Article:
The addition of an excess amount of silicon in Al-Mg-Si alloys significantly promotes the precipitation of silicon, forming fine precipitates with an unknown structure. The excess Si is tied up with the clusters/zones and β′′ particles. The β′′ particles are rapidly dissolved during high-temperature heating or aging and Si and other precipitates are formed.36 Mandal et al.37 reported that hypereutectic Al-Si-Mg alloys with more than 2 wt% Mg exhibit a microstructure in which the Si particles are inherently refined and uniformly distributed. On further increasing the Mg content, both the amount and size of the Mg2Si phase increase. It has been reported that during isothermal aging (in the temperature range 150 °C to 200 °C), the strength of Mg-Si-Al alloys increases rapidly.38 With the high rate of cooling of Mg-Si-Al alloys, supersaturated solids are formed. With the help of isothermal aging or the age hardening process, the supersaturated solid solutions are transformed and very fine coherent or semi-coherent precipitates nucleate and grow.38
For a better understanding of magnesium and aluminum alloy systems containing an Mg2Si phase, it is necessary to study the refinement modification method. Because of refinement, the morphology and grain size are primarily responsible for the enhancement in mechanical properties.
3. Synthesis routes of the formation of in situ Mg2Si phase
The synthesis processes of magnesium and aluminum alloys containing an Mg2Si phase are approximately similar. Generally, liquid metallurgy, powder metallurgy and mechanical alloying methods are used for the in situ fabrication of alloys containing an Mg2Si phase. Each synthesis process uses a controlled atmosphere. The formation of the Mg2Si phase occurs via the precipitation or diffusion of silicon into magnesium. Apart from liquid metallurgy, powder metallurgy and mechanical alloying, a few novel methods have also been reported by researchers: e.g. mechanically recitative extrusion process and spark plasma sintering.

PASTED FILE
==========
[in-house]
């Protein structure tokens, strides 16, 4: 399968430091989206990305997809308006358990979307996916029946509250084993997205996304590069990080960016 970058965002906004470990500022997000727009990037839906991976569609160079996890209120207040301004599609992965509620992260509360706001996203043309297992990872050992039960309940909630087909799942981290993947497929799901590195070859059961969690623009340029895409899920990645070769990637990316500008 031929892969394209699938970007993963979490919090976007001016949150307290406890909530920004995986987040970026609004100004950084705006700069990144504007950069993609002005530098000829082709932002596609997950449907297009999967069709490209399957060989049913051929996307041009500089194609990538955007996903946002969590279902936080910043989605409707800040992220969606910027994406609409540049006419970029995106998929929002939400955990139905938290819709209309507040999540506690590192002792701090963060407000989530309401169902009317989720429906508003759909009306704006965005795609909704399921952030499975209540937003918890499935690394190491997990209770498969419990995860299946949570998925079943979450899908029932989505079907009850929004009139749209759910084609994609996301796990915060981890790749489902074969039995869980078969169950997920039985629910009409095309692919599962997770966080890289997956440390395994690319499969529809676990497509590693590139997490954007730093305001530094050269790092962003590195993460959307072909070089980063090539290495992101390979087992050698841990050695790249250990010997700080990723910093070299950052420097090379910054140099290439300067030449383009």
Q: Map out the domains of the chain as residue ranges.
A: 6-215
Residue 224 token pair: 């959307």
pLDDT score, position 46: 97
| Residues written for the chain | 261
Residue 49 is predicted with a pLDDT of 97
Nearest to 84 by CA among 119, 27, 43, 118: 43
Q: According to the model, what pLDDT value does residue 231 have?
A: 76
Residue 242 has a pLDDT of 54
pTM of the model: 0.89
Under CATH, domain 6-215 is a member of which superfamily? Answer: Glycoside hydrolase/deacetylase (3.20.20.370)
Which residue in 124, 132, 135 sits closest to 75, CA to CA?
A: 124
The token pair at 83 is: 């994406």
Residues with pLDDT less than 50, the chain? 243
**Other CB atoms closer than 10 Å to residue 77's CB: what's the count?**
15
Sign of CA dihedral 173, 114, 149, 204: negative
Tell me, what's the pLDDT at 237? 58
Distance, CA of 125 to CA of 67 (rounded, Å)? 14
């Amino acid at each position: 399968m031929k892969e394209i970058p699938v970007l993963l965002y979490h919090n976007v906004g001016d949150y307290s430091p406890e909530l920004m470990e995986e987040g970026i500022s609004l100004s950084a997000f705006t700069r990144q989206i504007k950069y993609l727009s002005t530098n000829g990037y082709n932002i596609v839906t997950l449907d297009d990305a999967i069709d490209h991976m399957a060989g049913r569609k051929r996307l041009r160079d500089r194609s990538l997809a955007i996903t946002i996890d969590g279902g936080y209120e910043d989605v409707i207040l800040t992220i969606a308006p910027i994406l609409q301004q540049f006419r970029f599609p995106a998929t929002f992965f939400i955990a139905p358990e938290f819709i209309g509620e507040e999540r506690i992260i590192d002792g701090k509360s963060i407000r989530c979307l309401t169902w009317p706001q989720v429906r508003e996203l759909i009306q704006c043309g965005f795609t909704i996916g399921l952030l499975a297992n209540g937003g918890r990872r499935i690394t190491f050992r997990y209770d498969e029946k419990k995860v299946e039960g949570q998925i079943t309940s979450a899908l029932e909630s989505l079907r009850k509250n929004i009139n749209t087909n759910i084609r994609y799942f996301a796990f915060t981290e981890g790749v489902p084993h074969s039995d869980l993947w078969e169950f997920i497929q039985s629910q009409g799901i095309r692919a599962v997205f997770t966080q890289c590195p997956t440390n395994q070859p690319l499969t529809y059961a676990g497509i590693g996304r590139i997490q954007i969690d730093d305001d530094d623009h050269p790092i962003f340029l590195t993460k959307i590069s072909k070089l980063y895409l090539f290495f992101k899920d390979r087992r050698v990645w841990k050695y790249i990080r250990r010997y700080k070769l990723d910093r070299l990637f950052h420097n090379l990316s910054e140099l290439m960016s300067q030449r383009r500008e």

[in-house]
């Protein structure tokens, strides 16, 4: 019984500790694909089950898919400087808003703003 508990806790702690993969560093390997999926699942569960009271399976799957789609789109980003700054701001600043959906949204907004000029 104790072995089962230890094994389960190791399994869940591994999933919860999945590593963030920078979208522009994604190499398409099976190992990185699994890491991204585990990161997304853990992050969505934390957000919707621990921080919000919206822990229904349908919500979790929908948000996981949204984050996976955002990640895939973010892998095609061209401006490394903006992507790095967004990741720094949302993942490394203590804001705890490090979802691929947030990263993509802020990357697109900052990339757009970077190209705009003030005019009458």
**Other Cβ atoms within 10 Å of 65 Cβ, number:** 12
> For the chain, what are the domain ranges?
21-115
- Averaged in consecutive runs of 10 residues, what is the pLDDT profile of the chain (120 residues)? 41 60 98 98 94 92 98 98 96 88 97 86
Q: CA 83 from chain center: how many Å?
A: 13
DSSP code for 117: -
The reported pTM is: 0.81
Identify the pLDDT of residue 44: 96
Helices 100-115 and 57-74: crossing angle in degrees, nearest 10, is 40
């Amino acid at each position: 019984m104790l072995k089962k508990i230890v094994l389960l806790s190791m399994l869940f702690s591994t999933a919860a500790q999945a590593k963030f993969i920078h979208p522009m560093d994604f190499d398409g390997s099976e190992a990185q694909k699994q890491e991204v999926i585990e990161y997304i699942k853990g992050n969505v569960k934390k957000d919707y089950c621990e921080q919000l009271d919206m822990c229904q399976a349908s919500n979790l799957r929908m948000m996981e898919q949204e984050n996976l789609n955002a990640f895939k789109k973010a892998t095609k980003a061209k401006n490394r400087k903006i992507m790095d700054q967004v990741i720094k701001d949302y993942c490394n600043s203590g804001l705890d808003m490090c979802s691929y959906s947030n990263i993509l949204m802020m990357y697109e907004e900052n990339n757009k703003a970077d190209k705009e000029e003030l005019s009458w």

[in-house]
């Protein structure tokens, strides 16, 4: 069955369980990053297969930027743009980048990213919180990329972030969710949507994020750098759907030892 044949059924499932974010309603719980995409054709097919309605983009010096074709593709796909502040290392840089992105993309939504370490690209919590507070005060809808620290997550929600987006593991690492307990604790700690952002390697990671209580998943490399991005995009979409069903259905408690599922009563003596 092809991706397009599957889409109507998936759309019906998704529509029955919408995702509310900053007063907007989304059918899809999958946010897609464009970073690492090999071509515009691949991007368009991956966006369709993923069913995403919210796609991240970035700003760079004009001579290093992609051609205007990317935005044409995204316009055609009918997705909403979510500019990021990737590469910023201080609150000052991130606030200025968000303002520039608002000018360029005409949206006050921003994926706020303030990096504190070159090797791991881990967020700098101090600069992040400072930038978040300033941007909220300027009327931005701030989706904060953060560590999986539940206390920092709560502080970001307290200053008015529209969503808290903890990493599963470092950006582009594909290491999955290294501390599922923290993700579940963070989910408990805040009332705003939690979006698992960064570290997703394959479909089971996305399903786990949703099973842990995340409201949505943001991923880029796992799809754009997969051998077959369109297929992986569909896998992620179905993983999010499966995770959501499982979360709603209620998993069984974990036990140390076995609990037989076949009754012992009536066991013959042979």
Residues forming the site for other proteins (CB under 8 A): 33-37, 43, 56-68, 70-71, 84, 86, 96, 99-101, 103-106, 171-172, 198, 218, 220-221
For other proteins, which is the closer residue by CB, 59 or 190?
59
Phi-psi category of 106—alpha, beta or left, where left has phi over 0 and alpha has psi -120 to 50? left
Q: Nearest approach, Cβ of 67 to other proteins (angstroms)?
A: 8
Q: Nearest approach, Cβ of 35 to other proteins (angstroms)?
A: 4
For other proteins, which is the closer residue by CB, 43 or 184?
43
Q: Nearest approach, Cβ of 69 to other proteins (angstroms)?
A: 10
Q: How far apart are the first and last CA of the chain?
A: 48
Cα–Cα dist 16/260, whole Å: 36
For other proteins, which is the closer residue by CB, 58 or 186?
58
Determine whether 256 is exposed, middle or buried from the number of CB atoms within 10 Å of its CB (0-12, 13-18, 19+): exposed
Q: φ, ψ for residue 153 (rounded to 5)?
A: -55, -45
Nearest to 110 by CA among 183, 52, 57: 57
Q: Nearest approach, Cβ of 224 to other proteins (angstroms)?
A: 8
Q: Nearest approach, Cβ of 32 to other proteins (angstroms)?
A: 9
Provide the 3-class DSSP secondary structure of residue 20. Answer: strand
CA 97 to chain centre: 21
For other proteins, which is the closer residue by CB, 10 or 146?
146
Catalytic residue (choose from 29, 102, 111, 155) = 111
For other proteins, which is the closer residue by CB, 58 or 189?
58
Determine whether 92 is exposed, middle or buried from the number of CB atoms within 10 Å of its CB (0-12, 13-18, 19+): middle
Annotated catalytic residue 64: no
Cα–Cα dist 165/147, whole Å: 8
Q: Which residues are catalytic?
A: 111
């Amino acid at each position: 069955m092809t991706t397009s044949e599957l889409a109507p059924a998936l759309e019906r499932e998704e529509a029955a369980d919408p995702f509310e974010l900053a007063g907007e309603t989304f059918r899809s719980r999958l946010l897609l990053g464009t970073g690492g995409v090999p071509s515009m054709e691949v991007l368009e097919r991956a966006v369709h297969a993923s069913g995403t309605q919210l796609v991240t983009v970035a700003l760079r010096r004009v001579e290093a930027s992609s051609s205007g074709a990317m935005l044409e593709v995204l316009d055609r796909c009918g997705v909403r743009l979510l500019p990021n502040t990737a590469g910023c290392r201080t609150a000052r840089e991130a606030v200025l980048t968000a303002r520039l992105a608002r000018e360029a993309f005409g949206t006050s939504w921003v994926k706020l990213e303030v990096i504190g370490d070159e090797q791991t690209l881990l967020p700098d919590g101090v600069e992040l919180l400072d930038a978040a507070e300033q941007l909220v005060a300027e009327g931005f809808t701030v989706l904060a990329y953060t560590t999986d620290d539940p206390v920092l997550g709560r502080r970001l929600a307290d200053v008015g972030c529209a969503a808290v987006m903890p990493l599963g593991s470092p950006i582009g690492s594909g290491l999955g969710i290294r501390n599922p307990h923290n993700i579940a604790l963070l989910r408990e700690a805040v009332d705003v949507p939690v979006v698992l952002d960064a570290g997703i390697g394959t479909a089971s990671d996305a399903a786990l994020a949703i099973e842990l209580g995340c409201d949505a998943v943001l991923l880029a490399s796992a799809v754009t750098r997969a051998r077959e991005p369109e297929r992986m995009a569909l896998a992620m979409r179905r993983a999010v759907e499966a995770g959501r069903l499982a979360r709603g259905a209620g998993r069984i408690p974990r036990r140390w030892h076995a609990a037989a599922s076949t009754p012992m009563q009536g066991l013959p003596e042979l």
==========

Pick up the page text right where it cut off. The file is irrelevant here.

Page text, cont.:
3.1 Liquid metallurgy process
In the liquid metallurgy process, the alloying elements (powder or ingot forms) and base metal (magnesium or aluminum) are heated at high temperature, in an inert gas atmosphere. When the metal has melted, the liquid metal is poured into a mold, within which it solidifies into the required shape. At high temperature magnesium has high affinity towards oxygen. Therefore, the fabrication of magnesium alloys and aluminum alloys containing magnesium is very challenging. To overcome the limitations of the conventional casting process, various new techniques have been developed for the casting of magnesium-based alloys. High-pressure die casting, gravity casting (permanent mold casting and gravity sand casting) and other relevant casting processes, e.g. squeeze casting, thixo-casting and thixo-molding, are used to produce lightweight high-performance aerospace, automotive and defense equipment components.39,40 Kumar et al.5 synthesized hypo (Mg-0.5, 0.7, 1.15 wt% Si) and hyper (Mg-2, 4, 6, 8 and 10 wt% Si) eutectic Mg-Si alloys using the gravity casting method and reported that the wear rate of Mg-Si alloys decreases with an increase in Si addition under normal loads. Dargusch et al.41 synthesized Mg-Si-Al alloys via high-pressure die casting and reported that the morphology of the Mg2Si phase is a function of silicon content. Similarly Dwivedi et al.42 reported the influence of silicon content (varying from 4 to 20 wt%) on the mechanical properties of cast Al-Si-Mg alloys. Ductility reduced monotonically and hardness increased with increasing silicon content over the range 4-20%. Generally, casting processes are economical fabrication techniques.43,44
3.2 Powder metallurgy process